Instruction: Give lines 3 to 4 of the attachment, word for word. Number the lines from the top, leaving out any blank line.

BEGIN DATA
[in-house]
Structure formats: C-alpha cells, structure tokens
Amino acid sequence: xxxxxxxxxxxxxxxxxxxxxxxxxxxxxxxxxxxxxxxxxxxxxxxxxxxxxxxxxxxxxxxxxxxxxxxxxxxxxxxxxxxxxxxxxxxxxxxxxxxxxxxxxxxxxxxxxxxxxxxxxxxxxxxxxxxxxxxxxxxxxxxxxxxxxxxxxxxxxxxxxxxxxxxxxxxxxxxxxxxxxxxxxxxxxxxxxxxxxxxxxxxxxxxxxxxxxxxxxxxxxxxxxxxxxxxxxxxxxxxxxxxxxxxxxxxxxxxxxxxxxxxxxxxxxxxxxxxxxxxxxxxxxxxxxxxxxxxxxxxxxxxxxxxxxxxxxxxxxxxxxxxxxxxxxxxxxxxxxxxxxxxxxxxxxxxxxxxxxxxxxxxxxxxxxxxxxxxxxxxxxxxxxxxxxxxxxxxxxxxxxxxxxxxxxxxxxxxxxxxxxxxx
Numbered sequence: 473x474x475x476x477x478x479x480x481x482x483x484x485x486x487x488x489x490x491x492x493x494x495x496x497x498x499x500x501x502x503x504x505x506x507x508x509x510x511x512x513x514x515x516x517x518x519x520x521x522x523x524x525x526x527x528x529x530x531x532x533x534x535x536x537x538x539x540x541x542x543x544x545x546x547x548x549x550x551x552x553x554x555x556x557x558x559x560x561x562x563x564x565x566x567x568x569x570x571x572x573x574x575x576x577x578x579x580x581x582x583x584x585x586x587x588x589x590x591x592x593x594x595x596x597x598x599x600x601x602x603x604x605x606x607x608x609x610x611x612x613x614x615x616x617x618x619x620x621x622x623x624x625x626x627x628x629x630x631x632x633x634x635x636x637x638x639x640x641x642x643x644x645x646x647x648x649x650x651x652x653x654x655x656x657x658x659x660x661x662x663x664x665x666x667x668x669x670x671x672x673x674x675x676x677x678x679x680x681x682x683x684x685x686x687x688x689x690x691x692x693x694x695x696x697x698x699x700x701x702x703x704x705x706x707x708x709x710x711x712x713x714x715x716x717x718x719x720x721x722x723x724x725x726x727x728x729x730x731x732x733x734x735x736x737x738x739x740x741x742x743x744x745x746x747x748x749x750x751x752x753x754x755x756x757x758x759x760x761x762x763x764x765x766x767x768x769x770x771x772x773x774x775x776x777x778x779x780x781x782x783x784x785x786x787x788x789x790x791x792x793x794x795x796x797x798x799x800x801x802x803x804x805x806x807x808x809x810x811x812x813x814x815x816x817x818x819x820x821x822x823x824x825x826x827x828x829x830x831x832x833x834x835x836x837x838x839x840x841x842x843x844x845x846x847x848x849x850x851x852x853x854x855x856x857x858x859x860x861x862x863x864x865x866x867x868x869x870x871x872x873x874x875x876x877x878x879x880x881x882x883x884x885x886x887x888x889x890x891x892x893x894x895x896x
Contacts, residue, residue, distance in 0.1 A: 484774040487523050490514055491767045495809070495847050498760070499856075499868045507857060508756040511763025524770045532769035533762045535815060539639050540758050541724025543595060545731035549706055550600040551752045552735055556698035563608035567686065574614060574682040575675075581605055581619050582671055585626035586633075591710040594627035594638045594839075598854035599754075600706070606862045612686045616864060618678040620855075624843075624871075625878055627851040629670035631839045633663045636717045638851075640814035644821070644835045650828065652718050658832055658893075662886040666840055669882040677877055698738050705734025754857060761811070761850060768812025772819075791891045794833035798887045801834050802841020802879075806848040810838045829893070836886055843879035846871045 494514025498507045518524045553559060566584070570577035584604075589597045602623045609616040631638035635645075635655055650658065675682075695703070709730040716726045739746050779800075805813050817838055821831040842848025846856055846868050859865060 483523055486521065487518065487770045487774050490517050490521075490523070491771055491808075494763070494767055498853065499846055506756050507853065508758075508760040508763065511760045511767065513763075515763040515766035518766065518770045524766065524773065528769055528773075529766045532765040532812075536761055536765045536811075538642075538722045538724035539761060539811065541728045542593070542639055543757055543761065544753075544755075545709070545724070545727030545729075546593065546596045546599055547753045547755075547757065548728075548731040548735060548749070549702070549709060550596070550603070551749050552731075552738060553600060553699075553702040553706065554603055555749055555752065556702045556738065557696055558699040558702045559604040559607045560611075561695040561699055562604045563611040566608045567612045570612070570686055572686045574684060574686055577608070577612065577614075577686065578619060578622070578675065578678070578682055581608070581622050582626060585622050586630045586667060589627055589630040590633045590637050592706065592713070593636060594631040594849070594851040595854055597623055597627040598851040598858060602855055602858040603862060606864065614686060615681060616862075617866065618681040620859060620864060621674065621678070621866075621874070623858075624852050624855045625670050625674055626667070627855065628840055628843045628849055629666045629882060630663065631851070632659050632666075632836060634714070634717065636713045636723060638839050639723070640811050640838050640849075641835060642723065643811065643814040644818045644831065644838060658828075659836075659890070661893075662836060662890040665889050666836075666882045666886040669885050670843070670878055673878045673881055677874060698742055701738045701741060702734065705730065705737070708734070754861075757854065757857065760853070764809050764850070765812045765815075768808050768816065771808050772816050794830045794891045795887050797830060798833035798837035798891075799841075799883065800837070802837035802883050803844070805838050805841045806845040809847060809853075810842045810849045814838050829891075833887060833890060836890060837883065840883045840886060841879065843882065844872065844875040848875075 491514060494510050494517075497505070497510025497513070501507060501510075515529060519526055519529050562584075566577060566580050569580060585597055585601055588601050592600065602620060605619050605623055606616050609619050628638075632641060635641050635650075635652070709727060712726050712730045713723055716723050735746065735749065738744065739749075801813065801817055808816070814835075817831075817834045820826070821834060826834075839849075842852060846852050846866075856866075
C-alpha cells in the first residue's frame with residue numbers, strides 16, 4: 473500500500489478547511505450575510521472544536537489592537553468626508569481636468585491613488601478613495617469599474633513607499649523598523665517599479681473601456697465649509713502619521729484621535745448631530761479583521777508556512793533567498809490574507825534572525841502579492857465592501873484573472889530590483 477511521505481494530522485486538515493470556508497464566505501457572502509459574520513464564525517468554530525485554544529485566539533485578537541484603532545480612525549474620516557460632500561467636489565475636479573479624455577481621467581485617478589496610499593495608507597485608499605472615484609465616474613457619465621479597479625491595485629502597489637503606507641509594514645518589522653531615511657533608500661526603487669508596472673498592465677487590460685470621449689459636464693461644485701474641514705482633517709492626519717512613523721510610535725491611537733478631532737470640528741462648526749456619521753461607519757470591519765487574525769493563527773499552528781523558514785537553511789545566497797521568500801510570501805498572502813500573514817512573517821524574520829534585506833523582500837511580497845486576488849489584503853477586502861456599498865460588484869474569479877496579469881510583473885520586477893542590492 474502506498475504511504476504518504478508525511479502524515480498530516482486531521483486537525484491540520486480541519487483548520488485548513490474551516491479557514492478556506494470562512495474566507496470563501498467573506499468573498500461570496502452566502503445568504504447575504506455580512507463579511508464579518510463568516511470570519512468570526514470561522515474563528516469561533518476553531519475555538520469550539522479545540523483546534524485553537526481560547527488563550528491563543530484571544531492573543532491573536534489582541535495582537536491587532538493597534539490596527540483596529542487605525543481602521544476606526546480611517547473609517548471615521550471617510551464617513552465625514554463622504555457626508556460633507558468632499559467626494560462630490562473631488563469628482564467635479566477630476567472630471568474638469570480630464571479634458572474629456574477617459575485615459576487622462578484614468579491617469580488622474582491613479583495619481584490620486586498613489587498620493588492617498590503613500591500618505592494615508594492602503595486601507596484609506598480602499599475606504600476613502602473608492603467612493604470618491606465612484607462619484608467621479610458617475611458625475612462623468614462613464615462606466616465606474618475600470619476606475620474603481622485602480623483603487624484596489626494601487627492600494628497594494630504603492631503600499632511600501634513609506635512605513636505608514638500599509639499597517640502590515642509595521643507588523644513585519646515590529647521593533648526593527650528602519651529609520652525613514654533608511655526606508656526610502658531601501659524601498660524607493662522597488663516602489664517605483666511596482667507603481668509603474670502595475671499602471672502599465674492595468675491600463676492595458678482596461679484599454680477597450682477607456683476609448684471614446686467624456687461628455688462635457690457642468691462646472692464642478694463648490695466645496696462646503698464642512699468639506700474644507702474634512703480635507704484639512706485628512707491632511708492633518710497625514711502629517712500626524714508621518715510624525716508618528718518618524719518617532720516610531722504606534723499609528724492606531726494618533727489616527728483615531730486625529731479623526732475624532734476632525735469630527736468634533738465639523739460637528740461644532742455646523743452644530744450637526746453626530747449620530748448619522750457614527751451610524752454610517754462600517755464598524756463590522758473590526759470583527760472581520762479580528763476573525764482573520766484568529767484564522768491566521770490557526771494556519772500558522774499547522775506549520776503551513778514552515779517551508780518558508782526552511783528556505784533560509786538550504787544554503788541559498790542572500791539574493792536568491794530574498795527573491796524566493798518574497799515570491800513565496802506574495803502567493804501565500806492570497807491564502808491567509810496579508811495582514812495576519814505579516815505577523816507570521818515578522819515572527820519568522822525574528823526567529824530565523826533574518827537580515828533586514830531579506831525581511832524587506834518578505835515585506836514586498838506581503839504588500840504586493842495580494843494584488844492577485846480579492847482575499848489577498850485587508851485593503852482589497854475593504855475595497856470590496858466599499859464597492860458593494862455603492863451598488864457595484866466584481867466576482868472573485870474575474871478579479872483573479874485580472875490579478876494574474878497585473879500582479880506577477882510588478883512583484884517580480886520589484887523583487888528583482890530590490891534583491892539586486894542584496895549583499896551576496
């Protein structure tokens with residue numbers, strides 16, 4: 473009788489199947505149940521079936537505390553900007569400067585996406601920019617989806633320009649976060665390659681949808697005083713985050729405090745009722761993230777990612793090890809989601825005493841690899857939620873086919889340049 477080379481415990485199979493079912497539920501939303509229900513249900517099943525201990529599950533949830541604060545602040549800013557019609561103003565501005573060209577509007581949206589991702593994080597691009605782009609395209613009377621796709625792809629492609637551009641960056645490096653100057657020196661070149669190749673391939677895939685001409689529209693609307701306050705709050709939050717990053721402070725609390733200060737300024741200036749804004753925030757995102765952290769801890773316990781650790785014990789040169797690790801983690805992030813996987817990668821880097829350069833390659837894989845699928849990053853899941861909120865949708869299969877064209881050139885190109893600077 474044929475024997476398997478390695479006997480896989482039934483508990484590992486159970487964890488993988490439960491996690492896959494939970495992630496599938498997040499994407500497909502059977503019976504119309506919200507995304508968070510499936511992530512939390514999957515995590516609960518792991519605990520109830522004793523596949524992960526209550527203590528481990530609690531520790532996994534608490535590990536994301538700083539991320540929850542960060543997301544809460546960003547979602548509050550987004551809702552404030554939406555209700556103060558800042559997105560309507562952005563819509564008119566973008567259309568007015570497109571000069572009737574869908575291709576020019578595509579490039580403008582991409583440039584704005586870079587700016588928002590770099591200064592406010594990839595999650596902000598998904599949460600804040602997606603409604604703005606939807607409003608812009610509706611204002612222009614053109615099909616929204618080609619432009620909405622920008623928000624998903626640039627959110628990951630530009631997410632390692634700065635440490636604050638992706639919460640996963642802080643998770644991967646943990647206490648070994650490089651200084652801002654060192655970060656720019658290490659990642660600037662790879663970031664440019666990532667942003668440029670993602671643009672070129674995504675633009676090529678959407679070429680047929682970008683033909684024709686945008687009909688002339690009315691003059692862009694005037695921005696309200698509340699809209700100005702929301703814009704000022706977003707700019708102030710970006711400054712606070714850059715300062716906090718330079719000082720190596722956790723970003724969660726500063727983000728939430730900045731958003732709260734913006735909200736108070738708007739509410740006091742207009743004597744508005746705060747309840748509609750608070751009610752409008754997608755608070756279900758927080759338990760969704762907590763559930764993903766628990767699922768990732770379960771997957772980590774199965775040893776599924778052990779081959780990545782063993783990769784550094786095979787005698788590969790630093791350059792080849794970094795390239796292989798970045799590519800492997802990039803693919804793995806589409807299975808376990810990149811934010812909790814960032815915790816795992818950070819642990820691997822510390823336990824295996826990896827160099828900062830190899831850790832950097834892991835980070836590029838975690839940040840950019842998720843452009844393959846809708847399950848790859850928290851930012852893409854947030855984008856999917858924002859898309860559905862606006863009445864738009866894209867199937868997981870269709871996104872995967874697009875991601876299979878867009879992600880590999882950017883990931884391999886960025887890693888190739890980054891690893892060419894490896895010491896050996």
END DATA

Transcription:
Amino acid sequence: xxxxxxxxxxxxxxxxxxxxxxxxxxxxxxxxxxxxxxxxxxxxxxxxxxxxxxxxxxxxxxxxxxxxxxxxxxxxxxxxxxxxxxxxxxxxxxxxxxxxxxxxxxxxxxxxxxxxxxxxxxxxxxxxxxxxxxxxxxxxxxxxxxxxxxxxxxxxxxxxxxxxxxxxxxxxxxxxxxxxxxxxxxxxxxxxxxxxxxxxxxxxxxxxxxxxxxxxxxxxxxxxxxxxxxxxxxxxxxxxxxxxxxxxxxxxxxxxxxxxxxxxxxxxxxxxxxxxxxxxxxxxxxxxxxxxxxxxxxxxxxxxxxxxxxxxxxxxxxxxxxxxxxxxxxxxxxxxxxxxxxxxxxxxxxxxxxxxxxxxxxxxxxxxxxxxxxxxxxxxxxxxxxxxxxxxxxxxxxxxxxxxxxxxxxxxxxxxxxxxxxxx
Numbered sequence: 473x474x475x476x477x478x479x480x481x482x483x484x485x486x487x488x489x490x491x492x493x494x495x496x497x498x499x500x501x502x503x504x505x506x507x508x509x510x511x512x513x514x515x516x517x518x519x520x521x522x523x524x525x526x527x528x529x530x531x532x533x534x535x536x537x538x539x540x541x542x543x544x545x546x547x548x549x550x551x552x553x554x555x556x557x558x559x560x561x562x563x564x565x566x567x568x569x570x571x572x573x574x575x576x577x578x579x580x581x582x583x584x585x586x587x588x589x590x591x592x593x594x595x596x597x598x599x600x601x602x603x604x605x606x607x608x609x610x611x612x613x614x615x616x617x618x619x620x621x622x623x624x625x626x627x628x629x630x631x632x633x634x635x636x637x638x639x640x641x642x643x644x645x646x647x648x649x650x651x652x653x654x655x656x657x658x659x660x661x662x663x664x665x666x667x668x669x670x671x672x673x674x675x676x677x678x679x680x681x682x683x684x685x686x687x688x689x690x691x692x693x694x695x696x697x698x699x700x701x702x703x704x705x706x707x708x709x710x711x712x713x714x715x716x717x718x719x720x721x722x723x724x725x726x727x728x729x730x731x732x733x734x735x736x737x738x739x740x741x742x743x744x745x746x747x748x749x750x751x752x753x754x755x756x757x758x759x760x761x762x763x764x765x766x767x768x769x770x771x772x773x774x775x776x777x778x779x780x781x782x783x784x785x786x787x788x789x790x791x792x793x794x795x796x797x798x799x800x801x802x803x804x805x806x807x808x809x810x811x812x813x814x815x816x817x818x819x820x821x822x823x824x825x826x827x828x829x830x831x832x833x834x835x836x837x838x839x840x841x842x843x844x845x846x847x848x849x850x851x852x853x854x855x856x857x858x859x860x861x862x863x864x865x866x867x868x869x870x871x872x873x874x875x876x877x878x879x880x881x882x883x884x885x886x887x888x889x890x891x892x893x894x895x896x